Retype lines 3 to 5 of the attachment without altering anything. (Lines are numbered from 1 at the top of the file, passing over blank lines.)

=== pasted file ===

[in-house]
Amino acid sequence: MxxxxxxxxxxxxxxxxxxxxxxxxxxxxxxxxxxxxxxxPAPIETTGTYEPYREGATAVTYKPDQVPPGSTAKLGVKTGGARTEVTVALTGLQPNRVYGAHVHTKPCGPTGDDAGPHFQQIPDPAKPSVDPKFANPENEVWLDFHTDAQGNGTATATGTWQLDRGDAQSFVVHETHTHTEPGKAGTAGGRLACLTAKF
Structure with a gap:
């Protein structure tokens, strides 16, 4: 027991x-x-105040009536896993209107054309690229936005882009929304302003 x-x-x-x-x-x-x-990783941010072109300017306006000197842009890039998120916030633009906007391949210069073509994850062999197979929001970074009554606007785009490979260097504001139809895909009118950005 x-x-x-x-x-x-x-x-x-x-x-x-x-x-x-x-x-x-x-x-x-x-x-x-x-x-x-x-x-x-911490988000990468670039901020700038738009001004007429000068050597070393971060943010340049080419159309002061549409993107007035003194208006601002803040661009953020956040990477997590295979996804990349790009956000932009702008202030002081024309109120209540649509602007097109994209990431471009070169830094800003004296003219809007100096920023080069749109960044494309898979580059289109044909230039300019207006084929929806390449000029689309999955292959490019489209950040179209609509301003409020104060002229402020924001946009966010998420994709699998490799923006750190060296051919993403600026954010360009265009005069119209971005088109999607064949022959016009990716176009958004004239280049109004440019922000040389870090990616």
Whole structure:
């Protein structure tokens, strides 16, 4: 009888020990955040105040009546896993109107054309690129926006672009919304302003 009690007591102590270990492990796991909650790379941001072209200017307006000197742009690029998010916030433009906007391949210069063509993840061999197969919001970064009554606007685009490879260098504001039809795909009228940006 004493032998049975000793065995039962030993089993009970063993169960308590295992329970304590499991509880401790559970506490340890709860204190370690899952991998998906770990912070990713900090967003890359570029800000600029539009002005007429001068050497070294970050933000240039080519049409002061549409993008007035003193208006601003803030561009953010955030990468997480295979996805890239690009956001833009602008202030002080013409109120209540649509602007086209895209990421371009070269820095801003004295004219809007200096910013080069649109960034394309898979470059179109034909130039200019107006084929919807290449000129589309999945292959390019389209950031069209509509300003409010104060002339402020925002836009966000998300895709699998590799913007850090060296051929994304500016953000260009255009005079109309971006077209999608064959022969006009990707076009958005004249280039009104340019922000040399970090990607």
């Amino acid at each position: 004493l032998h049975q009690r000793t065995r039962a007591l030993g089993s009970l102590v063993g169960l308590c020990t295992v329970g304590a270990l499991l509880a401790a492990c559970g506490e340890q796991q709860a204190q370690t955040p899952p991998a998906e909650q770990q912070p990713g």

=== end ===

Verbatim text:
Structure with a gap:
């Protein structure tokens, strides 16, 4: 027991x-x-105040009536896993209107054309690229936005882009929304302003 x-x-x-x-x-x-x-990783941010072109300017306006000197842009890039998120916030633009906007391949210069073509994850062999197979929001970074009554606007785009490979260097504001139809895909009118950005 x-x-x-x-x-x-x-x-x-x-x-x-x-x-x-x-x-x-x-x-x-x-x-x-x-x-x-x-x-x-911490988000990468670039901020700038738009001004007429000068050597070393971060943010340049080419159309002061549409993107007035003194208006601002803040661009953020956040990477997590295979996804990349790009956000932009702008202030002081024309109120209540649509602007097109994209990431471009070169830094800003004296003219809007100096920023080069749109960044494309898979580059289109044909230039300019207006084929929806390449000029689309999955292959490019489209950040179209609509301003409020104060002229402020924001946009966010998420994709699998490799923006750190060296051919993403600026954010360009265009005069119209971005088109999607064949022959016009990716176009958004004239280049109004440019922000040389870090990616």
Whole structure: